Here’s a common question about query letter formatting. From reader Lyla:
I have a question on formatting a query letter. Many of the agents whose blogs I subscribe to have mentioned that they prefer the ‘hook’ first and then personalization later on in the query, while as many have said that they prefer the personalization first. I’m assuming this is just a preference thing, so I was just wondering, Ms. Kole, which do YOU prefer?
As I have said before, there is a lot of undue anxiety about formatting a query letter, and even more undue anxiety about queries in general. As long as you have all the main building blocks of queries — query meat, bio, query personalization, vital statistics (word count, whether or not it’s a simultaneous submission, contact info, etc.) — you’re fine to arrange them in whatever way you want. If you need some guidance on query basics, check out my post on how to write a query letter.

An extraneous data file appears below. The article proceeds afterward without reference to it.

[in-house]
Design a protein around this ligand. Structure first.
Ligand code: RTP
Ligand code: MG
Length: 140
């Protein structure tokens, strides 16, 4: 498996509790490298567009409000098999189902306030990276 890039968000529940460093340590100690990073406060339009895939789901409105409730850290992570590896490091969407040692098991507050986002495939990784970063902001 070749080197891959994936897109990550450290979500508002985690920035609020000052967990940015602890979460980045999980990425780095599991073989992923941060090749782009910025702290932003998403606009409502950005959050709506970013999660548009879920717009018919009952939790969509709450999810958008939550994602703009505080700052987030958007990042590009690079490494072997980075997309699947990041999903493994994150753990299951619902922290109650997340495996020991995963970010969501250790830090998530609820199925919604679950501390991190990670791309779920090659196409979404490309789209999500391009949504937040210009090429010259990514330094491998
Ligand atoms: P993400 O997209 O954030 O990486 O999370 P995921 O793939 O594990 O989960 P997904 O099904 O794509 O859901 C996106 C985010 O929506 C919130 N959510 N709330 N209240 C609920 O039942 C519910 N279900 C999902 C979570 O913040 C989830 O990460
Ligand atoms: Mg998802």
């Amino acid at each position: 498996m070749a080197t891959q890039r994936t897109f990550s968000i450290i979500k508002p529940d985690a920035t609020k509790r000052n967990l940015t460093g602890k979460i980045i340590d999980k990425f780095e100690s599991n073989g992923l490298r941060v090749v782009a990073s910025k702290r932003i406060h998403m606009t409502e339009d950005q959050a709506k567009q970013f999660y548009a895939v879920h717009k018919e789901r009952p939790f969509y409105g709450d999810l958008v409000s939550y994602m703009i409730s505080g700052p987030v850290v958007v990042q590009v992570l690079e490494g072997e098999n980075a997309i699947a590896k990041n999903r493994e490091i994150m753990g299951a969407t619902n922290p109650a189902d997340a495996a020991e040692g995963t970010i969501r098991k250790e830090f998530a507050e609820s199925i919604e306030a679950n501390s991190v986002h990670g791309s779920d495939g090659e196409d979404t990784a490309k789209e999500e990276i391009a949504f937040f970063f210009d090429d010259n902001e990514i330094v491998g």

Common Types of Query Letter Formatting
Query meat, personalization, bio, stats
Personalization, query meat, bio, stats
The query letter formatting that I prefer is completely a matter of personal taste. I’ve seen both of the above. I’ve seen queries that lead with the bio. I’ve seen queries that lead with the stats (though this is probably the most rare). I’ve seen queries that follow no logic that I can possibly comprehend. I’d say that you should stick with one of the above and you’ll be just fine. There are as many types of query letter formatting as there are agents…and writers.
Feeling unsure about your query letter, synopsis, or manuscript? Hire me as your freelance editor and we can work on your submission materials or dig deeper into your picture book, novel, or non-fiction proposal together.